1.01.2007

my top albums of '06

Here are my top ten albums of the past year. These are albums that I found myself listening to over and over again and coming back to repeatedly. I struggled mightily to pick a number ten and failed miserably so three albums ended up in a tie.

10c. TV on the Radio | Return to Cookie Mountain
These guys use a mix of blues, jazz, rock and pop to produce an album that makes you feel happy to sing along with all the while tapping your toe with complete abandon. This is their second full-length album which outstrips their debut by a long shot.

10b. Damien Rice | 9
I'm a little in love with this guy, so I may be a little biased when it comes to his latest effort. I'll admit that it's not as good as 'O', but it's still pretty solid and there are some pretty amazing tracks. I get the impression that he's stretching himself a little, and in some instances it doesn't really work all that well, but in others it soars.

10a. Anathallo | Floating World
Surprisingly, there's a lot of good music coming out of Michigan these days, and these guys are a small part of that crowd. Many people write them off because their roots are in faith-based music, but here, their fourth issue, they break away from their beginnings and explore a Japanese fable in lyrical terms.

9. Band of Horses | Everything All the Time
Southern indie rock from the Northwest? Yes. And it's good. These guys are critic darlings and for once the critics were right. I'm eager to hear their sophmore album to know if they can sustain what they've started.


8. The Kingdom | K1
This debut album is about a fictional race in which 'the Kingdom racer' pilots a variety of vehicles through a diverse landscape. Now, on the surface, this sounds kind of cheesy, but in reality, the story is just a recurring undertone and not very apparent. What is apparent are some catchy melodies and a sound not unlike Echo and the Bunnymen.

7. Calexico | Garden Ruin
This is Calexico's most listener friendly album to date. Up to this point they could probably be best described as 'experimental,' mixing such things as flamenco, jazz and mariachi music together to create a distinct, vibrant sound. 'Garden Ruin' sees them turning more to straightforward rock, something they pull off just as easily.

6. M. Ward | Post War
A lot of people didn't like this album as much as his earlier efforts, but I think it's pretty stunning. I may be a little biased because this was the album I saw him perform live in Chicago, but there is still some really amazing stuff here.

5. Silversun Pickups | Carnavas
These guys are also from the Northwest and have a sound that is not unlike the Smashing Pumpkins. I love the Smashing Pumpkins and was extremely sad when Billy Corgan finally let the crazy out and broke up the band. Now, there's something to fill the void. I'm afraid it may be short-lived however, as the lead singer looks like he may have a serious addiction to heroin and probably won't make it too much longer.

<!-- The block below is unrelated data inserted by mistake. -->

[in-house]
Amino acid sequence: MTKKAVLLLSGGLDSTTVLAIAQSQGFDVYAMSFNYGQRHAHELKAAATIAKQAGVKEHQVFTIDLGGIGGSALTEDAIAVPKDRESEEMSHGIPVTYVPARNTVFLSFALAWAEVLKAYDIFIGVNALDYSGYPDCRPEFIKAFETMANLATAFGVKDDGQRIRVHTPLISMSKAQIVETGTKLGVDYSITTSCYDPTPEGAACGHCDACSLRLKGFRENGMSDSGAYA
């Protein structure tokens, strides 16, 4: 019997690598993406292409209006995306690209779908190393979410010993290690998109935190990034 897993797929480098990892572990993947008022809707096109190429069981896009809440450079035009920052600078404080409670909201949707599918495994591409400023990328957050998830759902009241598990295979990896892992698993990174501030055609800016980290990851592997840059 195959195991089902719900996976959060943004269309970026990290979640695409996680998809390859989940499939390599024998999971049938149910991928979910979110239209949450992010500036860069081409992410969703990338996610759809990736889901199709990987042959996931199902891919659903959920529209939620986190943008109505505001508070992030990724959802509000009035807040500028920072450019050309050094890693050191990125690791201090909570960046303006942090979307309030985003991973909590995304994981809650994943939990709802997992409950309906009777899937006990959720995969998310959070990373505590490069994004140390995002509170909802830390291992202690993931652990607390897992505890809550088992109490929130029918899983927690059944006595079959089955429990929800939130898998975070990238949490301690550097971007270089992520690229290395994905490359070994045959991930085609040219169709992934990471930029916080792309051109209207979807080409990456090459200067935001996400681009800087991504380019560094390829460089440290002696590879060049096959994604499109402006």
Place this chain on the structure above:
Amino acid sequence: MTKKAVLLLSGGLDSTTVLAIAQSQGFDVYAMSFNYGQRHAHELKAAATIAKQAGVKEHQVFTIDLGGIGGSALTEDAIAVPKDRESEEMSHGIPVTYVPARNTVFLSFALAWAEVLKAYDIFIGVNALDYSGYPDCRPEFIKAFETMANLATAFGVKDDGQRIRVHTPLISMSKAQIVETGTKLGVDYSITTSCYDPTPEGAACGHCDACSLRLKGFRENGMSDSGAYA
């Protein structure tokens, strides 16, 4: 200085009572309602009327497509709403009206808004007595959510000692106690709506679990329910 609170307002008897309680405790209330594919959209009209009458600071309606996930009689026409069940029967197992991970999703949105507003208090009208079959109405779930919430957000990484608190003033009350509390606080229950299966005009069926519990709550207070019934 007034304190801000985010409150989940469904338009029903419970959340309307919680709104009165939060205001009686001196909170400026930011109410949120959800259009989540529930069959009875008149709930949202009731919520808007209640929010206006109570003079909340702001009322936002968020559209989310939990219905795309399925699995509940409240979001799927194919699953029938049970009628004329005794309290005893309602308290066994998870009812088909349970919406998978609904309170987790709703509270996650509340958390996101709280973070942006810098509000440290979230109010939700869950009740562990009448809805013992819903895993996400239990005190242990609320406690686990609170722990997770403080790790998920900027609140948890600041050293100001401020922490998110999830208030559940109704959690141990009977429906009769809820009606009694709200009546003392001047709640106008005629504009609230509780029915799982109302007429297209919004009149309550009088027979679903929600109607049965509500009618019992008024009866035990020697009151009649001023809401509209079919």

4. The Decemberists | The Crane Wife
I still say that 'Castaways and Cutouts,' (their debut) is their best album yet, but this album is a pretty close second. Another album based on a Japanese fable, it tells a story of a man who finds a wounded crane on his doorstep and nurses it back to health. The next day, a woman appears at his door and they soon get married. She quickly makes him rich by weaving this extraordinary fabric. When he discovers that she was the crane he saved and is using her own feathers on her loom, she flies away and he never sees her again.

3. Tapes 'N' Tapes | The Loon
This line from a Pitchfork review sums this band up better than I could, 'Inconsistency, Tapes 'n Tapes understand, adds character and colorizes personality; it also keeps listeners off-balance and wanting more.' I bought this album on a whim because a friend recommended it, and I'm very glad that I did. They're almost as good as Clap Your Hands Say Yeah.


2. Josh Ritter | The Animal Years
People are really sick of hearing me rave about this guy. As is evidenced by the glazing over of their eyes and the yawns not so subtly hidden behind their hands. But I can't help myself. This is his third album and his best one yet. I never really thought I would be a huge fan of a folk musician, but his songs are so honest and compelling that it's hard not to be.

1. Califone | Roots and Crowns
I discovered this album accidentally (it was on a 'best of' list somewhere a couple of months ago) and I'm immensely happy that I did. It's one of those albums that is solid from beginning to end and one of those that makes me feel happy I'm alive when I listen to it. Scratchy, dirty, synthesized Americana music from a Chicago-based band that has been devloping their sound for the past ten years or so. With this, the apex. Again, from Pitchfork, 'It is old and new, dirty and clean, alienating and accessible, sweet and ugly, organic and industrial, doting and vicious. It is one of the most quintessentially American records imaginable.'

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